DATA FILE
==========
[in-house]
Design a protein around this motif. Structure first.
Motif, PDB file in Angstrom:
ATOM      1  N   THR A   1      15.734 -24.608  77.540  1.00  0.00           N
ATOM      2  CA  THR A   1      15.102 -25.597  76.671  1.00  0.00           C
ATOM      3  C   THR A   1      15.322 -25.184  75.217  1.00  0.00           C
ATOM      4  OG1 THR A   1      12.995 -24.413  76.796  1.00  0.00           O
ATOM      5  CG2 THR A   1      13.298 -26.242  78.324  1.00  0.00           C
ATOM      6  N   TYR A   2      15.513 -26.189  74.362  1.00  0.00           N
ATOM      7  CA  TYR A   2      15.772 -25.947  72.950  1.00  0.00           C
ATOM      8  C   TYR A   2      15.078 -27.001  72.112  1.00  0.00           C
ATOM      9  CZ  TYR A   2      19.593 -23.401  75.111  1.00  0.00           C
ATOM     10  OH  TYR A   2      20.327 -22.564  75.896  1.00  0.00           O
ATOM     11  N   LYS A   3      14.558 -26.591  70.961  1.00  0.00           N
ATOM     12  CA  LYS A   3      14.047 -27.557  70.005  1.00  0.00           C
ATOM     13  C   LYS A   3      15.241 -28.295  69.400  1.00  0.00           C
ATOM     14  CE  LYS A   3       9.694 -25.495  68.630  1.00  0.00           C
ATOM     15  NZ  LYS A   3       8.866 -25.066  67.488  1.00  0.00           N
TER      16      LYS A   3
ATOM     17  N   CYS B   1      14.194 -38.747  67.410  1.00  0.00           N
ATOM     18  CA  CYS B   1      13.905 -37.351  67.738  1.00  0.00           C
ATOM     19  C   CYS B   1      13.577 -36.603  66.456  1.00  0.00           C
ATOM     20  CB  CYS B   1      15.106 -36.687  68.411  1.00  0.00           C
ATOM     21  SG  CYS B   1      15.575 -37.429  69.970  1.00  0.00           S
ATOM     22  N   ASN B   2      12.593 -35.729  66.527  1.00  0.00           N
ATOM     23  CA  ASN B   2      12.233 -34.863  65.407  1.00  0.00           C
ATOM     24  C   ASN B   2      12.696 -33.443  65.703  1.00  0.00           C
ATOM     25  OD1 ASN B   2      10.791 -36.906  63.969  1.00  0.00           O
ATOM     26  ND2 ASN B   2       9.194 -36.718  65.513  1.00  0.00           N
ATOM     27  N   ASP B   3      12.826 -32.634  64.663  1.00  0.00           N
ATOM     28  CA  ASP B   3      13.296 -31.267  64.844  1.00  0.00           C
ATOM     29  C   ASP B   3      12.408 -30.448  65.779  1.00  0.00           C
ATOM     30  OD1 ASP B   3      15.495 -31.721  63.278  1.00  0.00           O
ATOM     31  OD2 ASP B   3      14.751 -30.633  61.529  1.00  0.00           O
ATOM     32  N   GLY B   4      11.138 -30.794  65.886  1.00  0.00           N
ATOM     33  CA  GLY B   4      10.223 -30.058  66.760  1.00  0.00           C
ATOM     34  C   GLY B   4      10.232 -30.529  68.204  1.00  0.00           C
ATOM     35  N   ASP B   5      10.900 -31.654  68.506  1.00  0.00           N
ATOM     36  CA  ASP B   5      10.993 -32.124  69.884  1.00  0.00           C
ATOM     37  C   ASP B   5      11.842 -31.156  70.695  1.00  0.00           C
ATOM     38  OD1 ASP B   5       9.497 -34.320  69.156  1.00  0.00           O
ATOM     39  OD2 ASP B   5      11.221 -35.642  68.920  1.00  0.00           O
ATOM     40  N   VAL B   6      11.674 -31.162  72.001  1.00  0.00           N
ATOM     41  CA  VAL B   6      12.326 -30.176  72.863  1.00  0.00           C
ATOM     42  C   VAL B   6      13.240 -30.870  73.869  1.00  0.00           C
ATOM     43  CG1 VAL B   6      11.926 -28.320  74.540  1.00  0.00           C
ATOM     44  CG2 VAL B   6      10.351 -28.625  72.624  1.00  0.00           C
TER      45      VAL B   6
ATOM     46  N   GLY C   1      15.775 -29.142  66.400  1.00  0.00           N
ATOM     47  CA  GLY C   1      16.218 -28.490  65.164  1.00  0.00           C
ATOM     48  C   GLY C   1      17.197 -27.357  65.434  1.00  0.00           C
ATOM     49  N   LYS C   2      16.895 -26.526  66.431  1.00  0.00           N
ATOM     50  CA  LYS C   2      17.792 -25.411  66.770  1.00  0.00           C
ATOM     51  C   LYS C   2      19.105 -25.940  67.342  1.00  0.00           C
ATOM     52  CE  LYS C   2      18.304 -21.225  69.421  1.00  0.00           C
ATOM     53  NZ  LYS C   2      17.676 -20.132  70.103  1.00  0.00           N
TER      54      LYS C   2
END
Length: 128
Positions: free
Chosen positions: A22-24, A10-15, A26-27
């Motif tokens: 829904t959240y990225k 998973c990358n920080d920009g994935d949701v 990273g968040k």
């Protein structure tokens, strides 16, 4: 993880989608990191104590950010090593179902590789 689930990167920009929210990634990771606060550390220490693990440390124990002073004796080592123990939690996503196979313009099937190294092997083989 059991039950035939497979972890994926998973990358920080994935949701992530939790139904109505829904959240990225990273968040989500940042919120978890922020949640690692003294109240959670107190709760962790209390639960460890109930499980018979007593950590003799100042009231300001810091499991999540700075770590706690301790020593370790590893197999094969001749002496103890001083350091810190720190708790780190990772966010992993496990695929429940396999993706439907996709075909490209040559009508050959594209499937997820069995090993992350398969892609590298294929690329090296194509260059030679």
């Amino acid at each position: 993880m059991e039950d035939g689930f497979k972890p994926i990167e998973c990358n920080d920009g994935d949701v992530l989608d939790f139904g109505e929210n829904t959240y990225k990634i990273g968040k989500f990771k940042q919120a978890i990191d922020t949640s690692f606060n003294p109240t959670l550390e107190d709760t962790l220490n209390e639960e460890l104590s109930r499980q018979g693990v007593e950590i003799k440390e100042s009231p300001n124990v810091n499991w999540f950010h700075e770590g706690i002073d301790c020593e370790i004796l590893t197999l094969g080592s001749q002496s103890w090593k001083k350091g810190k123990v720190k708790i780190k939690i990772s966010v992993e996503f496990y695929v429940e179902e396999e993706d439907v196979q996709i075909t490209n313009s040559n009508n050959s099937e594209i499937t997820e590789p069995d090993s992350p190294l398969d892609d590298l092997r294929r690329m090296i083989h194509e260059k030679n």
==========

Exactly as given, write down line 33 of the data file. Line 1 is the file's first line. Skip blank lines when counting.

ATOM     30  OD1 ASP B   3      15.495 -31.721  63.278  1.00  0.00           O